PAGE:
Federal government seeks bids for studying 326 buildings
September 12, 2005
By Canadian Consulting Engineer
The Government of Canada is inviting consulting firms and others to help them find ways to improve how they manage ...
The Government of Canada is inviting consulting firms and others to help them find ways to improve how they manage their office buildings. The government particularly wants the firms to help them make the buildings more energy efficient.
The Hon. Scott Brison, Minister of Public Works and Government Services Canada, issued a request for proposals early in September from firms to do a study that will include 326 buildings. “The study will look at ways to improve the environmental performance of the portfolio operated by the department and help us improve the way we manage our real estate holdings to ensure best value for taxpayers,” said Minister Brison.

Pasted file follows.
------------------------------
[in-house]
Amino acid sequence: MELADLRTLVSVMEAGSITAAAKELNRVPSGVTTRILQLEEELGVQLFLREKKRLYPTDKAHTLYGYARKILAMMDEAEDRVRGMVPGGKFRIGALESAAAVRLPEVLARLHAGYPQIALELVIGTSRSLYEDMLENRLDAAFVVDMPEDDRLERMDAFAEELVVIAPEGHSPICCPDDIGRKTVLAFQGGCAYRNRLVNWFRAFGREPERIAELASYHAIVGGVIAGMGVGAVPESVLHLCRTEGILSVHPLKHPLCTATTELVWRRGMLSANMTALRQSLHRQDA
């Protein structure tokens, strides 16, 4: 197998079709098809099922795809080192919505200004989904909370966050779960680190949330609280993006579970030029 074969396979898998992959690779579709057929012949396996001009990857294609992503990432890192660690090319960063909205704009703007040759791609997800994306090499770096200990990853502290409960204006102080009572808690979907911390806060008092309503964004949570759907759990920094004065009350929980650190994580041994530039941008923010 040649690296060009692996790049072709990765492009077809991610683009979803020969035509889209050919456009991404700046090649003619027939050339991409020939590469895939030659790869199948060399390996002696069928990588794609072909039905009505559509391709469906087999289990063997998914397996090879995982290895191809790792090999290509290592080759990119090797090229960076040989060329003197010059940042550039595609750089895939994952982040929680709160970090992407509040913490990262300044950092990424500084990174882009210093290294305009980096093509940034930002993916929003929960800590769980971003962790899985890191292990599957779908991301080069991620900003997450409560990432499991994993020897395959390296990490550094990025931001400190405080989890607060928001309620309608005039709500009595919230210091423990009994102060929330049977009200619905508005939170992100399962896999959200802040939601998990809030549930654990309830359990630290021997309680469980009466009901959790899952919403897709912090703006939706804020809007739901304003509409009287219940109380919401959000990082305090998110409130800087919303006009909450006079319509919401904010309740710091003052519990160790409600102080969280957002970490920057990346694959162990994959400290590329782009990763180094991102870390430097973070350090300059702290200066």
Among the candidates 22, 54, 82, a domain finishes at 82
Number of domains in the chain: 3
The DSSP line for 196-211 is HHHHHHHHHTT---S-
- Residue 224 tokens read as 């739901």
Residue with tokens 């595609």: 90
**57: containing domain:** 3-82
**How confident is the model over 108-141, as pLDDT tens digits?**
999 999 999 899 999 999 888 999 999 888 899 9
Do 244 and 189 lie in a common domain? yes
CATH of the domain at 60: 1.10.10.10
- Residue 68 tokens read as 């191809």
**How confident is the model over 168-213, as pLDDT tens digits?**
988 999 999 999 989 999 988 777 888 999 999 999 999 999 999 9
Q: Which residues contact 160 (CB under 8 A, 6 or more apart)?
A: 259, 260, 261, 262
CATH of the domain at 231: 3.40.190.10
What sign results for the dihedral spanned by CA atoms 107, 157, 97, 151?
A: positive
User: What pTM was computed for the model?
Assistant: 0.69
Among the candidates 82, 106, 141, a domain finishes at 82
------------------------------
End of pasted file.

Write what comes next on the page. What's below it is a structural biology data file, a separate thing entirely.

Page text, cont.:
The federal government has a diverse portfolio of buildings across Canada, which together accommodate over 200,000 employees. About half the facilities are directly owned while the rest are leased.
The buildings are on average 43 years old and will require approximately $2 billion in investments over the next five years.
The deadline for bids to do the study is October 24. Information is posted on the Government Electronic Tendering Service at http://www.merx.com
In the meantime, the federal government is building a new “green” building in Charlottetown, Prince Edward Island. It will house 500 employees from various departments, led by Veterans Affairs Canada. The Jean Canfield Building will be designed to use 80 per cent less water and 60 per cent less energy than contemporary structures.